Yet three and a half years ago, when a piece of research showed that women who took the most up-to-date contraceptive pills might be at a slightly increased risk of blood clots, the Department leapt into action. It sent out a letter to every GP in the country telling them to advise women to change their contraceptive. It then announced its move to the nation's press.
The immediate result, as we now know, was that thousands of women stopped taking the Pill and there were almost 30,000 extra unintended pregnancies; 14,000 more women than usual had abortions (some put it as high as 30,000, but that is debatable) and 12,500 more babies than usual were born.
This has been well publicised and probably contributed to the decision by the Department of Health to change its advice. The new official advice is that while women should be informed of these "very small risks", the type of Pill is for her, together with her doctor, to decide.
What has been less well aired is the fact that the 1995 episode is still having repercussions. Young women are still not as confident about taking the contraceptive pill as they were. "That sort of scare has two effects," says Ann Furedi, communications director of the British Pregnancy Advisory Service, Britain's largest provider of abortion services. "One is short term and the other long term.
"The immediate effect is to discredit certain brands of the Pill - in this case those containing gestodene and desogestrel, which are known as third generation pills - but, in the long term, it also creates a general sense of uncertainty. Women lose confidence in doctors and government experts. They say to themselves: `Yesterday, the experts thought that those brands were safe and today they don't. So which brands will they find problems with tomorrow?"'
Does it matter that confidence in the Pill has been shaken? Most family planning experts think that it does for two reasons: first, because the Pill's safety profile is extremely good (the risk of having a blood clot during pregnancy is twice as high as having one while on a third generation pill), and secondly, the Pill is a more reliable method of contraception than most others.
As for the Pill's safety, the research findings in 1995, which sparked the scare, could have been presented as good news rather than bad news, according to Furedi. The Health Department told the public that new research showed that women taking the third generation pills had an increased risk of blood clots, whereas it could have said that new research showed that the Pill was safer than previously thought.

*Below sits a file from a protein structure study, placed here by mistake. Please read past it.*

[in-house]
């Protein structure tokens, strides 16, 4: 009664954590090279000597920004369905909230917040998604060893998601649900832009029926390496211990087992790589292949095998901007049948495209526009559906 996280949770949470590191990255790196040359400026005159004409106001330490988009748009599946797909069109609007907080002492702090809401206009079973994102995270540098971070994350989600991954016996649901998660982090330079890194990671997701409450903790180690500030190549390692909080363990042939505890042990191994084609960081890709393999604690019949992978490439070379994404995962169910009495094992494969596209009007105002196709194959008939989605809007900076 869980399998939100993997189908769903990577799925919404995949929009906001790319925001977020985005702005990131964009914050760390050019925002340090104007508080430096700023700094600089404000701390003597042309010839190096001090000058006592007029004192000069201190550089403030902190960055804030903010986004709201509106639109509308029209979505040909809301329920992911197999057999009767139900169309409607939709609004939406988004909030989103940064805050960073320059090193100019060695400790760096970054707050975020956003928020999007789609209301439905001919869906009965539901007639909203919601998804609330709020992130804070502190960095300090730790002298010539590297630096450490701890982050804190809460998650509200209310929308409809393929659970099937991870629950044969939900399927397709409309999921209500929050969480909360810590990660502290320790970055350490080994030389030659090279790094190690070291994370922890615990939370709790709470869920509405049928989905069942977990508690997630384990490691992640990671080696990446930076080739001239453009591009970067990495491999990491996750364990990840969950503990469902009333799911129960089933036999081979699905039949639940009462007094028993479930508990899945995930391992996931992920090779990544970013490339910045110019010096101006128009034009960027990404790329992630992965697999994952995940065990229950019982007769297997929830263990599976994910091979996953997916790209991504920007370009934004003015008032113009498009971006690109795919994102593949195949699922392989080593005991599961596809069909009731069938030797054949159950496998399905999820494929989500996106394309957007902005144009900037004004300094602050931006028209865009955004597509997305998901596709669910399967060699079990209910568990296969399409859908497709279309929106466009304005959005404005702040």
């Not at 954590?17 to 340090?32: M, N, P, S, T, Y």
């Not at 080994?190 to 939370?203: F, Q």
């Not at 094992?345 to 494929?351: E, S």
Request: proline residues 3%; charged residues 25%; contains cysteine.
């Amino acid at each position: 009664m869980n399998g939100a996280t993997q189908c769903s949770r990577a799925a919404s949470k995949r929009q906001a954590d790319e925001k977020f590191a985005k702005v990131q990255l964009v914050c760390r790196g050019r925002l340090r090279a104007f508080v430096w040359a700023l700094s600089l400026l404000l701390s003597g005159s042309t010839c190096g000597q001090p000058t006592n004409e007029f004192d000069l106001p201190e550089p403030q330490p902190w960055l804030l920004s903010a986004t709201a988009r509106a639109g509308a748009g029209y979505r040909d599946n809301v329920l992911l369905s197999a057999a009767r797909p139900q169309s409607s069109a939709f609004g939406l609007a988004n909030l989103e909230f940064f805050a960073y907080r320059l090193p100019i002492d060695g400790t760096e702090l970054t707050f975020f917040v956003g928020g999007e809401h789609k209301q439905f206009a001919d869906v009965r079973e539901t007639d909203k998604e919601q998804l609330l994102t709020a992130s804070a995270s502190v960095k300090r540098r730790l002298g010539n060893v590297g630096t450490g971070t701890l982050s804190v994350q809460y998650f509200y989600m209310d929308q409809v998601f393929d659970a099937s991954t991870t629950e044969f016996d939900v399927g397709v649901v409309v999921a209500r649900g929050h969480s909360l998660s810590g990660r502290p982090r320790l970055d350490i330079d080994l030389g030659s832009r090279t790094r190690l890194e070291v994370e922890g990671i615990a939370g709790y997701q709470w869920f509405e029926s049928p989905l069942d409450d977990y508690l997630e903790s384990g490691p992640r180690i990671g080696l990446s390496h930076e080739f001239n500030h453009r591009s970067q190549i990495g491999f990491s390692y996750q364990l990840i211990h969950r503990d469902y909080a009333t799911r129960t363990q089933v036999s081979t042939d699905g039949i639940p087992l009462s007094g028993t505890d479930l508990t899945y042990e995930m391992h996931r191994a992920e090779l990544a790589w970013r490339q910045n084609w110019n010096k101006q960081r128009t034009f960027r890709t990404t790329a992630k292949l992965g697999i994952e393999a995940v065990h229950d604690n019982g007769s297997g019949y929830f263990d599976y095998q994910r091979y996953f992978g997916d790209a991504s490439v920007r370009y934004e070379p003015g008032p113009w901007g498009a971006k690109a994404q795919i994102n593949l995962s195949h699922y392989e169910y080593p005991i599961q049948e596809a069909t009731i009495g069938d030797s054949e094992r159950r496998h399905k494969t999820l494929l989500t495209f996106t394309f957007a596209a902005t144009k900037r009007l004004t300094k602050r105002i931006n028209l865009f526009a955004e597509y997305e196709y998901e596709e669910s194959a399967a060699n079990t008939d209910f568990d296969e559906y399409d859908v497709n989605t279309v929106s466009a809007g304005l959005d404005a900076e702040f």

"We all knew that the contraceptive pill carried a risk of venous thrombo- embolism. That has been known since the 1960s. All properly trained doctors should have informed their patients of that fact and normally advised anyone who had a history of blood clots not to take it. Doctors usually quoted the risk of a clot as being 30 in 100,000.
"The irony is that the research findings published in 1995, showed that even the third generation Pills, which were denounced as less safe, were safer than we had realised. The risk of a getting a blood clot with them turned out to be 25 in 100,000.
"But because the research showed that the older Pills, the second generation Pills, were even safer than that, the Government focused on the difference between the two generations of Pill, saying that the latest Pills almost doubled your chances of having a clot (the risk being 25 in 100,000, compared to 15 in a 100,000 with the older Pills).
"The Government could equally well have announced the study as good news instead of bad news. That would have given a more accurate picture," Ms Furedi adds.
But disillusionment with the contraceptive pill cannot be attributed only to the 1995 scare, according to Toni Belfield, director of information and research, at the Family Planning Association.
"We have to look more generally at what it is about hormonal contraception that women do not like and work out how to engender confidence in it. Women need time and information when they are trying to decide on which method of contraception to use and they need to see a trained and up-to- date professional.
"The calls we get to our helpline are depressing. Some women are given a prescription for the Pill with no advice, no information and without a blood pressure check.
"They often do not realise that if one type of Pill does not suit them, another might.
"The long-term study on the Pill, by Professor Valerie Beral of the Imperial Cancer Research Fund, published in the British Medical Journal in January, showed quite clearly that if women are properly selected and a proper medical history is taken, the Pill is extremely safe and effective."
So are there any women who should not take Pills containing gestodene or desogestrel? "Yes. Women who have had a thrombosis in the past, or who have a family history of thrombosis, who are seriously overweight or who have varicose veins, would be better on another method of contraception or on the progestogen-only Pill," says Walli Bounds, research co-ordinator of the Margaret Pyke Centre, London. "But that has been known for a long time. It is true now but it was also true before the 1995 episode."
Ann Furedi would like to see the Government, through the Health Education Authority, launch a campaign to restore confidence in the Pill. "A year after the scare, the proportion of women who said they would never consider the Pill as a method of contraception was a third, compared to only a quarter in 1993. We need to change perceptions.
"If the Health Education Authority devoted only half the resources that it devotes to persuading people to stay out of the sun because of skin cancer on informing people accurately about the Pill, the public health gain could be immense," she says.Reuse content